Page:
Traditional Veronese Food and Produce
I am so pleased that you are interested in finding out more about the flavours of Verona. If you are a foodie, then Verona is the place to be, with its rich variety of food and wine. The perfect way to really understand a city and its inhabitants is through its food and drink.
I am Verona born and bred and I can only agree with Virginia Woolf who believed that:
"One cannot think well, love well, sleep well, if one has not dined well"
Trust me: Verona knows how to get your mouth watering! Veronese cuisine has been famous since Roman times, when the city’s noble families were known for their lavish banquets which they would offer at social events. This reputation continued through the Middle Ages, when the city was controlled by the Della Scala family, and subsequent centuries, during which time the produce from our region has been celebrated by visitors from all over the globe.
Bollito and pearà
I am very excited to introduce you to the succulent world of Veronese cooking with two of the stars of our cuisine: bollito e pearà, boiled meat in a creamy sauce.
You might not be familiar with pearà, a sauce which is not particularly well known beyond the city's walls. The name pearà is a local word meaning ‘peppery’, very appropriate for a sauce made from broth, breadcrumbs, oil, salt and lots of pepper, traditionally served with boiled beef. It is a dish best enjoyed in winter but it is so popular that you can find it in the city's restaurants at any time of the year. In the same way, you can also find other meaty stews, some cooked in red wine (a Valpolicella, naturally, or if you are really splashing out, an Amarone), which are very tasty when served with a steaming bowl of polenta. And of course there is polenta, we are in Veneto!
Everyone loves a risotto!
Continuing our journey of discovery through Veronese cuisine, we come to the risotto, an ever-present on Verona menus. The plains of Verona are covered in rice fields, growing the delicious Vialone Nano rice which is delicious when served with radicchio (red chicory) and Monte Veronese cheese, or with squash and sausage or with peas, known locally as ‘risi e bisi’.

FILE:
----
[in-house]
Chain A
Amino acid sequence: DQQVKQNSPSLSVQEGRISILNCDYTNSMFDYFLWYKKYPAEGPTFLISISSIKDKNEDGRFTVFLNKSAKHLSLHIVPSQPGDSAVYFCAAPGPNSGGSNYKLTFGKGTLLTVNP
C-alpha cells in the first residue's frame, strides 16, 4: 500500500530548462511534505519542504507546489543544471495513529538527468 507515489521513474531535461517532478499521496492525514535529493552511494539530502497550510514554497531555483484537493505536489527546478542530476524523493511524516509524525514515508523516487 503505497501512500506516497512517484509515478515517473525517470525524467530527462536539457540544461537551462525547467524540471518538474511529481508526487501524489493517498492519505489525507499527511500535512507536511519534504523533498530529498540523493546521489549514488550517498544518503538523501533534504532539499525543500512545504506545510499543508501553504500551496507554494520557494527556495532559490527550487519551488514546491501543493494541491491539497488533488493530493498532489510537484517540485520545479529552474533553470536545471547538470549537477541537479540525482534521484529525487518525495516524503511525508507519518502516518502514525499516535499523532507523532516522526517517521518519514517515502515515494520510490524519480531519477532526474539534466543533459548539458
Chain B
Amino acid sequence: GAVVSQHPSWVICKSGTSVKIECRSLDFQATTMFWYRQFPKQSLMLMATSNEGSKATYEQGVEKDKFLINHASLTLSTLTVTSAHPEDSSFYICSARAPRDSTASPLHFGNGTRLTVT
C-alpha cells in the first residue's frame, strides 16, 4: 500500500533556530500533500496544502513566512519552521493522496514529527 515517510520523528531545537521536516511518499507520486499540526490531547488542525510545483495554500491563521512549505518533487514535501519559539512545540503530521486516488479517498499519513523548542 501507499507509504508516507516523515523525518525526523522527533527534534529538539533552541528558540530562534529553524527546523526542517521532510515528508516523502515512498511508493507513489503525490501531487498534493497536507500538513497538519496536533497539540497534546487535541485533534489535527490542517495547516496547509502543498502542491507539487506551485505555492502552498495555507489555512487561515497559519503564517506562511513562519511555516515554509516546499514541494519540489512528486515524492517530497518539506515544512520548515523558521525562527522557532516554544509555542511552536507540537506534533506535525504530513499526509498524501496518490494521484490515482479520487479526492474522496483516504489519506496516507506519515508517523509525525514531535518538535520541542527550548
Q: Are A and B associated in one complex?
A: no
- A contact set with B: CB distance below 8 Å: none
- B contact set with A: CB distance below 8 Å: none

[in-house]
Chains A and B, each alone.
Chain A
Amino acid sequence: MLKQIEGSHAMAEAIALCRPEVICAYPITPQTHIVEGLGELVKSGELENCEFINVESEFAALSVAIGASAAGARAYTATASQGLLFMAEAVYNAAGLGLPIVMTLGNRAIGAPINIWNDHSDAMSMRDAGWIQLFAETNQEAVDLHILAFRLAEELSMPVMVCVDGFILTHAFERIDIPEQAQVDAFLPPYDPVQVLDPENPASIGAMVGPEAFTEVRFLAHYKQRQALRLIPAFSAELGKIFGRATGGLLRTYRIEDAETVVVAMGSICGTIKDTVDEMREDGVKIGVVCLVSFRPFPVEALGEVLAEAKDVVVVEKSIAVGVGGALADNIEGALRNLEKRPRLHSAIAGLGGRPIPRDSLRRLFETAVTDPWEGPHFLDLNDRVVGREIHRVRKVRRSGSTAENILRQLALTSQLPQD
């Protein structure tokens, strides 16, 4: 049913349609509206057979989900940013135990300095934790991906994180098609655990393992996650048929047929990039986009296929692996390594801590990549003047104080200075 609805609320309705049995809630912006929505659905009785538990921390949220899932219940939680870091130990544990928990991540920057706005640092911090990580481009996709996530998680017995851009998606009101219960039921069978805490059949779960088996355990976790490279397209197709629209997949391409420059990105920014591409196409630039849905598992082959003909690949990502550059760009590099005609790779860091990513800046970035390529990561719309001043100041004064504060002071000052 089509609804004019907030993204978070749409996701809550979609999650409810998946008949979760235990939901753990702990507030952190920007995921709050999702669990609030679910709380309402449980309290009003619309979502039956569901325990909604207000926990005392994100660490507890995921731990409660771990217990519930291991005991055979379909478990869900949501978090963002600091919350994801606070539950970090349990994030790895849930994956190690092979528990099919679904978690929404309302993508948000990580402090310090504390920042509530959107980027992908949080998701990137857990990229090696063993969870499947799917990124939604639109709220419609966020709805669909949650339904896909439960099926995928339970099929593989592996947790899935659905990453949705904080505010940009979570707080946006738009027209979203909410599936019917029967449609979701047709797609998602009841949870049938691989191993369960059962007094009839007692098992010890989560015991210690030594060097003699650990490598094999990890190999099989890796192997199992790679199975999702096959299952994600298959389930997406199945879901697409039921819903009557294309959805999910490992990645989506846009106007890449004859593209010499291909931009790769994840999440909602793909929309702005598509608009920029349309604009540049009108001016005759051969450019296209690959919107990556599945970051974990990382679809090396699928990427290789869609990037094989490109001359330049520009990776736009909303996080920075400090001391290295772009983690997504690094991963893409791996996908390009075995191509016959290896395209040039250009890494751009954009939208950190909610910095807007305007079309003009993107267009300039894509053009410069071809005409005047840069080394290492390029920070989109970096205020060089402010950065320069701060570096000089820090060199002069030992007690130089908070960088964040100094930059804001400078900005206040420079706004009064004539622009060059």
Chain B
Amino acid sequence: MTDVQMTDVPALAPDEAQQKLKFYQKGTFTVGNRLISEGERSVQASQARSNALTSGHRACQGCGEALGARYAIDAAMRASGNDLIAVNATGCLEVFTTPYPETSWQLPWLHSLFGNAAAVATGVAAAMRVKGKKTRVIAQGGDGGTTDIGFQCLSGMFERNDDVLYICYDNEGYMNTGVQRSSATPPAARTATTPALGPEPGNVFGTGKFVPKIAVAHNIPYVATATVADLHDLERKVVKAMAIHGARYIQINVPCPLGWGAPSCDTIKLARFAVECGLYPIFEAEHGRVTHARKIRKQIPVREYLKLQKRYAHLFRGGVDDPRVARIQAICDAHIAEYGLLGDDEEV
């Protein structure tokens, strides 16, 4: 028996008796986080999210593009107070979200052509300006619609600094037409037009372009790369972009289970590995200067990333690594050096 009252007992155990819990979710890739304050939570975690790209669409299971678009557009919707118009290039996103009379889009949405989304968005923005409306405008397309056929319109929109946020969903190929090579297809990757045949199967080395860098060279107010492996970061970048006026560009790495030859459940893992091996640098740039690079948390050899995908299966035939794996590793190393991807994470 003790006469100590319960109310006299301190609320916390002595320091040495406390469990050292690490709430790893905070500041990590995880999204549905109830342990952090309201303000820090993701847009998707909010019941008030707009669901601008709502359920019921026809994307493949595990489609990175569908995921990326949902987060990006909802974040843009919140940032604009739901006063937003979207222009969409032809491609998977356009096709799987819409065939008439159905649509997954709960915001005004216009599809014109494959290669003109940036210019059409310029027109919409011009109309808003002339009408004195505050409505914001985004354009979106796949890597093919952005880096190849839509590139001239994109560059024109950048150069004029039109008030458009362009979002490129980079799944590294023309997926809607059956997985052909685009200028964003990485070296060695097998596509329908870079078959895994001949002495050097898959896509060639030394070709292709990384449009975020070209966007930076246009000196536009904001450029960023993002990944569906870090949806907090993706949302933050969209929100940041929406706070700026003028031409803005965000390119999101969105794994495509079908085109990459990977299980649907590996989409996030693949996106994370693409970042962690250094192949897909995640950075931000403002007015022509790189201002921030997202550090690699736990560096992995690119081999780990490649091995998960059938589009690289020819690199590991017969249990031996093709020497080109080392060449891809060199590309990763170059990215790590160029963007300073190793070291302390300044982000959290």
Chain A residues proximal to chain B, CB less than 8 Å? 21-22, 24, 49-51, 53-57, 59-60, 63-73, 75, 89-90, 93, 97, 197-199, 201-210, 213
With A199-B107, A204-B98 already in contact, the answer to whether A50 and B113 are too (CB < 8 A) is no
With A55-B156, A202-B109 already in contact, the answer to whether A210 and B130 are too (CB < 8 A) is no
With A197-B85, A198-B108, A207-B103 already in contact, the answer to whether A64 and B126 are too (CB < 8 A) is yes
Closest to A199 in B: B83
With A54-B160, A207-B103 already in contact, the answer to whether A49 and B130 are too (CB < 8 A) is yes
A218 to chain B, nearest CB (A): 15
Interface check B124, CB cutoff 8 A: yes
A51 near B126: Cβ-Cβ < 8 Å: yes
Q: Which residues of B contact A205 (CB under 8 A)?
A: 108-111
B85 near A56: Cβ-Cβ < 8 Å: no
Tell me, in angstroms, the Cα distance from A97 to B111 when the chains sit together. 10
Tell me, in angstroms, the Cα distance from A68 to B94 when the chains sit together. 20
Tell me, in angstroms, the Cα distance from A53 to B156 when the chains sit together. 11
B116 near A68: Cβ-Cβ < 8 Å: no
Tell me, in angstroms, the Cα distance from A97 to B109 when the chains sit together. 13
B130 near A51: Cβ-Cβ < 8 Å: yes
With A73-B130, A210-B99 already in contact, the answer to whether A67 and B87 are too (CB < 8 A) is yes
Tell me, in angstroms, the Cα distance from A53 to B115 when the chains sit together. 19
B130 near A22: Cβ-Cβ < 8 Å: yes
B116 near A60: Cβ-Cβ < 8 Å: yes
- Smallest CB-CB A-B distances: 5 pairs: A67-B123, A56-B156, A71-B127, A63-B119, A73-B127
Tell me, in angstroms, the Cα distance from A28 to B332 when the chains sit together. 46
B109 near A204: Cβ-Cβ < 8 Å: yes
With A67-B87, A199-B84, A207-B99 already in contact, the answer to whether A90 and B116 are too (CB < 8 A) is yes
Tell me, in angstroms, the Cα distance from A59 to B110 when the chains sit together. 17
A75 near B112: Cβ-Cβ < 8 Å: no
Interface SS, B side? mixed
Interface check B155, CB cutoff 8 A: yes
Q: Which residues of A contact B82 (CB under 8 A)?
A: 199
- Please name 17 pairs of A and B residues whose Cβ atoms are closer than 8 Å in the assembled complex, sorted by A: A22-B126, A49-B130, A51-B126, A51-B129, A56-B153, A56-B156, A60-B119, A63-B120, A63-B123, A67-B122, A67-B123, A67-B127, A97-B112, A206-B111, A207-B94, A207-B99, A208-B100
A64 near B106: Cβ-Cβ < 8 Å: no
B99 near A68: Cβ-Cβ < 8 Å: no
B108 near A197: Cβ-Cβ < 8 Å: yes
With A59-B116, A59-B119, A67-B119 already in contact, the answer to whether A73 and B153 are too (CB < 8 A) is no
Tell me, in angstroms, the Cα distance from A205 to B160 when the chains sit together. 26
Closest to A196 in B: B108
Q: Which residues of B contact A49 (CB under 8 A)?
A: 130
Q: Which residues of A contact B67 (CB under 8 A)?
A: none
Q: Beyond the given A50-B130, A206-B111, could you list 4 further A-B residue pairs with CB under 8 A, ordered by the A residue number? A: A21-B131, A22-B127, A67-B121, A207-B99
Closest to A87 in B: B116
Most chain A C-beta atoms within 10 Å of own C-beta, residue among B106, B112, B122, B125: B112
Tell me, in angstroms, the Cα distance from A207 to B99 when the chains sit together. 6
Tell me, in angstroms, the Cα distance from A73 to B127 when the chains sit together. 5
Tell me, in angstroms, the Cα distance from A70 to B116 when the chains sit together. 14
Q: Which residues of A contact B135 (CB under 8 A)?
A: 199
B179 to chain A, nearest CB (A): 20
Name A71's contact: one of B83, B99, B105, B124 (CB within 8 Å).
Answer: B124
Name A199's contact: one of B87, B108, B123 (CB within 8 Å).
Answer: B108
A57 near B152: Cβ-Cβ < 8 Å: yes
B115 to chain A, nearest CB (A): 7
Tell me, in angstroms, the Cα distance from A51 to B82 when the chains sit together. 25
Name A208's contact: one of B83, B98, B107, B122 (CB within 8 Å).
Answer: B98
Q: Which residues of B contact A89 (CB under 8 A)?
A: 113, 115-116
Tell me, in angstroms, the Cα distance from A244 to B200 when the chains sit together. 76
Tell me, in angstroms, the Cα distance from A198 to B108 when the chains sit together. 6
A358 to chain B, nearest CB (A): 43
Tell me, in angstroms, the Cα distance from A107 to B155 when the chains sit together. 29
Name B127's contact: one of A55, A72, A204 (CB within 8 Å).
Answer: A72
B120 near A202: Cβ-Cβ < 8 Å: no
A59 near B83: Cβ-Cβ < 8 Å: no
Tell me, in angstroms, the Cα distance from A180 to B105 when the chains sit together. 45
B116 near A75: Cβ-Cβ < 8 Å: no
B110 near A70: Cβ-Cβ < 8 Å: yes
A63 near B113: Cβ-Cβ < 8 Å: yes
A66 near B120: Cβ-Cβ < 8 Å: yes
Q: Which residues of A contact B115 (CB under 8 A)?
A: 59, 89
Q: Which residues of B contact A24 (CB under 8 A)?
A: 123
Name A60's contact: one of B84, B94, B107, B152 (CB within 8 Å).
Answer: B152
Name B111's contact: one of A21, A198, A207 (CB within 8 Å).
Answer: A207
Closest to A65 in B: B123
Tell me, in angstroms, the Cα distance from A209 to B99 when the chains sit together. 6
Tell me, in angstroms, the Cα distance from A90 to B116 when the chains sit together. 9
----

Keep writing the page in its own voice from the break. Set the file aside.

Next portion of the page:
The best known risottos are risotto all’Amarone, cooked with the prestigious wine from Valpolicella, and risotto al tastasal, flavoured with pork sausage. The name of this second version is derived from the Italian word for tasting the salt added to the meat, traditionally the work of housewives.
Fall in love with our flavours and traditions
Next up are the tortellini from Valeggio sul Mincio, known as the ‘lover’s knot’ and produced using thinly rolled pasta which is tied and knotted like a handkerchief and filled with meat or one of the other more modern fillings. Now we come to one of the most popular dishes for young and old: gnocchi, the star of Verona Carnival season.
To be enjoyed with a tomato sauce, meat sauce or with cinnamon and sugar, gnocchi are always eaten on the last Friday of Carnival, called “Gnocchi Friday”, when the king of the festival ‘Papà del Gnoco’ parades through the city with his giant fork topped with enormous gnocchi!
At the end of carnival, there is another dish which is traditionally eaten on Ash Wednesday: polenta with smoked herring.
Coming back to our gnocchi, there is a traditional version found in the Lessini mountains, where they are traditionally prepared without potatoes and coated with a serving of aged Monte Veronese cheese. A little tip: these make a fitting reward after a good walk in Lessinia!
To eat is to incorporate a territory. (Jean Brunhes)
This region boasts many traditional products: Sopressa sausage, Monte Veronese cheese, Verona red chicory, the list goes on and we haven’t even got to the wines yet!
Verona DOC wines
The province of Verona, along with Treviso province, rule the roost when it comes to wine: Amarone and Recioto from the Valpolicella, Bardolino, Recioto from Soave, Custoza, Soave, Lessini Durello and Lugana are just some of the most famous wines. Good wine is a serious matter!
Of all the events dedicated to wine, I have to mention Vinitaly, the country's most important wine show, but there are others, such as Soave Versus and Hostaria Verona. Soave Versus, dedicated to Soave white wine, is held annually at the start of September in the Palazzo della Gran Guardia. The second, Verona’s wine festival, takes place in mid-October and is the perfect opportunity to try out the best that the region has to offer, as you wander around the streets and squares of the old city.
I don’t want to go on too much, the best way to discover all the flavours of Verona is to come here and try them for yourself!
As you wander around the city, you are bound to stumble across at least one of the many elegant Veronese patisseries, as well as the famous Pandoro cake and its ancestor Nadalìn (at Christmas time) and you have to try our rice-filled Risini tarts, Sfogliatine from Villafranca, “Juliet’s kisses” biscuits, Santa Lucia pastries, Cologna Veneta nougat and the almond-flavoured Torta Russa di Verona.
If you want to try these traditional dishes at source, take a look at the list of “Ristoranti Tipici di Verona” (Verona traditional restaurants) where you are guaranteed to find authentic Verona cuisine.
If you prefer to buy local produce, do not miss the weekly markets held in different areas of Verona, Do not worry about your waistline: Verona cuisine is healthy and very tasty and, anyway, you will need to get some energy for our tour of the city from somewhere!